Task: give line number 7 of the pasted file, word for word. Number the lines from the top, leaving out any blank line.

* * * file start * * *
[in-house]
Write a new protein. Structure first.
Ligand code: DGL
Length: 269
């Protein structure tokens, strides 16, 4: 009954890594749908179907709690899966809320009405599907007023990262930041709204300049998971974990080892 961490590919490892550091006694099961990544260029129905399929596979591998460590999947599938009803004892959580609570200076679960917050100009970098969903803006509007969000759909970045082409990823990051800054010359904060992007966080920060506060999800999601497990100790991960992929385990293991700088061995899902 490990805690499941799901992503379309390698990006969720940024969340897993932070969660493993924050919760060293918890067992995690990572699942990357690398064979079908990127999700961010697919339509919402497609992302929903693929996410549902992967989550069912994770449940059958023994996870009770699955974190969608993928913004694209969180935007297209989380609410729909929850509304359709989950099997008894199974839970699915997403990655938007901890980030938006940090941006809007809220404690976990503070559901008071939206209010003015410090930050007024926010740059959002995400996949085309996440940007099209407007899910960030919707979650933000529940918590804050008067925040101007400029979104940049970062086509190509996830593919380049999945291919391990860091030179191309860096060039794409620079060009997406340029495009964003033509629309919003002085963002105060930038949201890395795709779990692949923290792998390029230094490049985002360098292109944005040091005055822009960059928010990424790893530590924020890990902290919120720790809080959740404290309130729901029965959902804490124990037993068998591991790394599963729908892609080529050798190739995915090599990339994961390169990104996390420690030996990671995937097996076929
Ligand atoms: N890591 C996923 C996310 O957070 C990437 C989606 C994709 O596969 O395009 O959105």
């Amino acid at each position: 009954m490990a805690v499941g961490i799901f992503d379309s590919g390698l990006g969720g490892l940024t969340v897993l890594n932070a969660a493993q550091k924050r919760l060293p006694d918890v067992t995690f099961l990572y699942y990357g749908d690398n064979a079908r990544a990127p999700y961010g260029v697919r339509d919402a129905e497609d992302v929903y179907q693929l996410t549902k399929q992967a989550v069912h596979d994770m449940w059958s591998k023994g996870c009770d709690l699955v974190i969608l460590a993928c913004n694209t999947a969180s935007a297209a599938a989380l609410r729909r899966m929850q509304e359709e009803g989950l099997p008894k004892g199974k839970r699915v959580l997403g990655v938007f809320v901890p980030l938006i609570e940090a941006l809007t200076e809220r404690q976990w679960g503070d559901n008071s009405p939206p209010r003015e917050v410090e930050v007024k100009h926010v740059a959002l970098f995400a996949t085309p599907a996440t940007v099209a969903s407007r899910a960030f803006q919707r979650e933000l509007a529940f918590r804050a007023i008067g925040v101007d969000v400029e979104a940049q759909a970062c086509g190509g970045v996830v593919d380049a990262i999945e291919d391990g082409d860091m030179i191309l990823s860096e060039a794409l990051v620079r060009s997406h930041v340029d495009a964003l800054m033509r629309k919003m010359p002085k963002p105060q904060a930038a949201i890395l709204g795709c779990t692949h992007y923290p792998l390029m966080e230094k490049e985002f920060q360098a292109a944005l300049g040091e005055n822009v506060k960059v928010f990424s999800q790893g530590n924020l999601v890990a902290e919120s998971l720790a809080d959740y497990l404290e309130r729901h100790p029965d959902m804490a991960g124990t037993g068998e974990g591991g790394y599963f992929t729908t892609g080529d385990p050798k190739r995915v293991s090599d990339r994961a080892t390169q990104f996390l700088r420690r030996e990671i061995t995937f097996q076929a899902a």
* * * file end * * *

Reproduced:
């Amino acid at each position: 009954m490990a805690v499941g961490i799901f992503d379309s590919g390698l990006g969720g490892l940024t969340v897993l890594n932070a969660a493993q550091k924050r919760l060293p006694d918890v067992t995690f099961l990572y699942y990357g749908d690398n064979a079908r990544a990127p999700y961010g260029v697919r339509d919402a129905e497609d992302v929903y179907q693929l996410t549902k399929q992967a989550v069912h596979d994770m449940w059958s591998k023994g996870c009770d709690l699955v974190i969608l460590a993928c913004n694209t999947a969180s935007a297209a599938a989380l609410r729909r899966m929850q509304e359709e009803g989950l099997p008894k004892g199974k839970r699915v959580l997403g990655v938007f809320v901890p980030l938006i609570e940090a941006l809007t200076e809220r404690q976990w679960g503070d559901n008071s009405p939206p209010r003015e917050v410090e930050v007024k100009h926010v740059a959002l970098f995400a996949t085309p599907a996440t940007v099209a969903s407007r899910a960030f803006q919707r979650e933000l509007a529940f918590r804050a007023i008067g925040v101007d969000v400029e979104a940049q759909a970062c086509g190509g970045v996830v593919d380049a990262i999945e291919d391990g082409d860091m030179i191309l990823s860096e060039a794409l990051v620079r060009s997406h930041v340029d495009a964003l800054m033509r629309k919003m010359p002085k963002p105060q904060a930038a949201i890395l709204g795709c779990t692949h992007y923290p792998l390029m966080e230094k490049e985002f920060q360098a292109a944005l300049g040091e005055n822009v506060k960059v928010f990424s999800q790893g530590n924020l999601v890990a902290e919120s998971l720790a809080d959740y497990l404290e309130r729901h100790p029965d959902m804490a991960g124990t037993g068998e974990g591991g790394y599963f992929t729908t892609g080529d385990p050798k190739r995915v293991s090599d990339r994961a080892t390169q990104f996390l700088r420690r030996e990671i061995t995937f097996q076929a899902a």